Taiji (Tai Chi), a dance-like combination of moving meditation and martial art, serves as a kind of bridge between the mind and the soul, according to author James Drewe. He began learning Chinese martial arts in 1975 and is currently vice-chairman of the Longfei Taijiquan Association.
The 24-step short form of taiji came into being in 1956 “…to make taiji more accessible to a wider range of people.” This comprehensive book maps out in scrupulous detail, supported by nearly 700 photographs plus drawings, all the moves (hands, feet, legs, torso, musculoskeletal system, breathing, and more) for each of the twenty-four forms. Each form includes instructions for beginners as well as for more advanced practitioners.
Before getting to extensive how-tos of the forms, the author covers basics that include warming up, posture, alignment, breathing, grounding, correct positioning to protect the knees, stances, legs, and footwork. Sections discuss taiji’s uses for relaxation, release, health, and self- defense. In regards to health, for example, the author likens the body’s systems to hosepipes; bends in the hose block the flow of the body’s work. He notes, “Taiji is a method of understanding relaxation and of learning how to control it so that the body can open out/release and undo, enabling the systems of the body…to function unimpaired.”
The twenty-four forms—with names like “Stork Spreads its Wings” and “Grasp the Bird’s Tail”—are explained with extensive photo illustrations, brief thumbnail descriptions, details about hand rotation, notes to understand the energetic flow of the movements, and other more advanced information. For quick reference, there’s a summary section with all the footprint patterns for all of the forms and an “easy reference section” with form names and photographs only. These features will be convenient for readers who want to use the book for guidance as they practice the forms.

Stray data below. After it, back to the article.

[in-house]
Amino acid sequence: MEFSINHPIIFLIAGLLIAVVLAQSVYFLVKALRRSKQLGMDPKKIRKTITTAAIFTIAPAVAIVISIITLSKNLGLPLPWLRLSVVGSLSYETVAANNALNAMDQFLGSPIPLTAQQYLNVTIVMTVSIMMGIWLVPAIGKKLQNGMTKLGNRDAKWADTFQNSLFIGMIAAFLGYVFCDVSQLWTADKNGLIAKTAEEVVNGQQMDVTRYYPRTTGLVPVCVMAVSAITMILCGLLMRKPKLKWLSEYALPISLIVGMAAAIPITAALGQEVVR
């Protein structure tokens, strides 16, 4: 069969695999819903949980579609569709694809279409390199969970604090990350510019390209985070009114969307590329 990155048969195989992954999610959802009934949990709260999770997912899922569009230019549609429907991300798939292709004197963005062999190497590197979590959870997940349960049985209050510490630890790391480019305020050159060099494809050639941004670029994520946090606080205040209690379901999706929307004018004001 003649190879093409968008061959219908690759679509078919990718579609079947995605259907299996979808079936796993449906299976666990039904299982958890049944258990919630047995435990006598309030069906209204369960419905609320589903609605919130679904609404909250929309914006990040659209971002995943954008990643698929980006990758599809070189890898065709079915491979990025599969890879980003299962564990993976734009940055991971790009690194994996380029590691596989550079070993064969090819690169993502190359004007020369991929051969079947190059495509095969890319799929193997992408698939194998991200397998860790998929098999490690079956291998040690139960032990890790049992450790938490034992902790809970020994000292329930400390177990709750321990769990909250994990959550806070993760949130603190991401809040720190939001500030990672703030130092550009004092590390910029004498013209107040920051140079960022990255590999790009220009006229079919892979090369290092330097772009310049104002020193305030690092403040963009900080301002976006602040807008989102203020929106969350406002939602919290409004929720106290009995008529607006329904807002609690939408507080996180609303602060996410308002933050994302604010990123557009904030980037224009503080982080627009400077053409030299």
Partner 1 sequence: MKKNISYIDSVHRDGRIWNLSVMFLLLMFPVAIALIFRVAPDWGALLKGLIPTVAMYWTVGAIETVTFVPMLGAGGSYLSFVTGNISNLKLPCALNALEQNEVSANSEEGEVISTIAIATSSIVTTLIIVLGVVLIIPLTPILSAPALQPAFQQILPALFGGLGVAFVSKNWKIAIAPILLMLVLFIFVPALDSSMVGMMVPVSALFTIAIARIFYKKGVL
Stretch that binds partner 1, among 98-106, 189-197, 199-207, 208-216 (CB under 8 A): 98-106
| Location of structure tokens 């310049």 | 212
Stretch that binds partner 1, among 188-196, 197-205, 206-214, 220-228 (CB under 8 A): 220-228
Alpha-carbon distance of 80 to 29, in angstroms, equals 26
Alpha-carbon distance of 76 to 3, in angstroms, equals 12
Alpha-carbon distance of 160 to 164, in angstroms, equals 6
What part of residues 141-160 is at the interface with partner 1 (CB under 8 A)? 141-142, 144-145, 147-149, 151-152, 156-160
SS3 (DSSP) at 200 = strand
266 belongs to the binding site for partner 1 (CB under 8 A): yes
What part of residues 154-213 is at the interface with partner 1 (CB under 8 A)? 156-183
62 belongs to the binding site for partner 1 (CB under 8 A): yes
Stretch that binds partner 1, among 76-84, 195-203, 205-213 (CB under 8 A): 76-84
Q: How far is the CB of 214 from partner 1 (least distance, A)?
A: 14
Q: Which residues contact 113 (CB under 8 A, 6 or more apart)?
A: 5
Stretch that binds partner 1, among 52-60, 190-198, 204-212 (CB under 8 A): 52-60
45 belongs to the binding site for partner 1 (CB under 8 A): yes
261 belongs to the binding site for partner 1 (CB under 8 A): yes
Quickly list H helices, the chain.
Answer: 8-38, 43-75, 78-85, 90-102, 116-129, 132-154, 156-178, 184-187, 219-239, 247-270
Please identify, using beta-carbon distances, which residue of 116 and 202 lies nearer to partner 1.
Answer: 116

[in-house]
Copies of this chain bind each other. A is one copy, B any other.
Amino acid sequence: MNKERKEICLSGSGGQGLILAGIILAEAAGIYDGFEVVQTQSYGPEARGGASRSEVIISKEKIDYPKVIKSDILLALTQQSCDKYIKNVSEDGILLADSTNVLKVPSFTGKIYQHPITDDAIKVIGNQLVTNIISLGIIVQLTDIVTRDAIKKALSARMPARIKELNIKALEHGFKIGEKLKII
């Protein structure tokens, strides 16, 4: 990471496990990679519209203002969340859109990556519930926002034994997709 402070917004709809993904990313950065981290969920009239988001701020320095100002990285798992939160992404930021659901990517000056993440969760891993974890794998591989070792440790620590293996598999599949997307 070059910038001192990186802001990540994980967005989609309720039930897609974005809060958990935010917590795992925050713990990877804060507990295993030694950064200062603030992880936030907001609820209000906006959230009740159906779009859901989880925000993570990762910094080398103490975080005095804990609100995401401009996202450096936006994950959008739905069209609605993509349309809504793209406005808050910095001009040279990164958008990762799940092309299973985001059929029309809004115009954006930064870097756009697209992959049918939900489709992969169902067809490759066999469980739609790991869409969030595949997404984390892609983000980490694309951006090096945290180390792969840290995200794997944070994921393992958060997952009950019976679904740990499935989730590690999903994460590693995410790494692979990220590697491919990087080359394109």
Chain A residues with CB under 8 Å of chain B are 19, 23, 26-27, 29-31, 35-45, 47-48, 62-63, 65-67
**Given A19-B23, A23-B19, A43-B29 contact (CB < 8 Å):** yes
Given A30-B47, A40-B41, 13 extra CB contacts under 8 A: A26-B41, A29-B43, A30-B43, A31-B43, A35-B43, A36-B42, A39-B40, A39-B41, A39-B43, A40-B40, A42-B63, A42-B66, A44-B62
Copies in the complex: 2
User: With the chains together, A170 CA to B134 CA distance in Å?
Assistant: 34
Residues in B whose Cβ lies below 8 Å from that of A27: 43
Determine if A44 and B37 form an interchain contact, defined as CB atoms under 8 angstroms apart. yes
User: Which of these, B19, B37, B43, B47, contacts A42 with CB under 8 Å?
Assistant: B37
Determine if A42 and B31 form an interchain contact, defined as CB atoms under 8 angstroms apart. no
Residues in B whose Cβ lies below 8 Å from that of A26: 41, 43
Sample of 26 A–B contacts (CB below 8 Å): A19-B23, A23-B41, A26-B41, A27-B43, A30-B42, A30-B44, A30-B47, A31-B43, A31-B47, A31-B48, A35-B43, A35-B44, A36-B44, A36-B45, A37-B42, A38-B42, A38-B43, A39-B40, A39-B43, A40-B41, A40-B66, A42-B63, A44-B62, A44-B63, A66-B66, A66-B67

The “Beyond the Basics” section offers insights into practicing taiji in competition, working with a partner, connecting with the body, energetic opening and closing movements, and more detailed illustrations which describe the subtleties of various positions.
While some students may learn better with video, the author has done an admirable job, given the challenges of presenting instructions for movement in words and still photos. His passion for sharing this accessible version of taiji is evident throughout the text. With words of wisdom, complemented by years of experience and perspective as teacher, Drewe draws forth the subtleties of the “feeling” (of the moves), helping students access a deeper embodiment of the forms—truly bridging mind and soul through this mindful movement practice.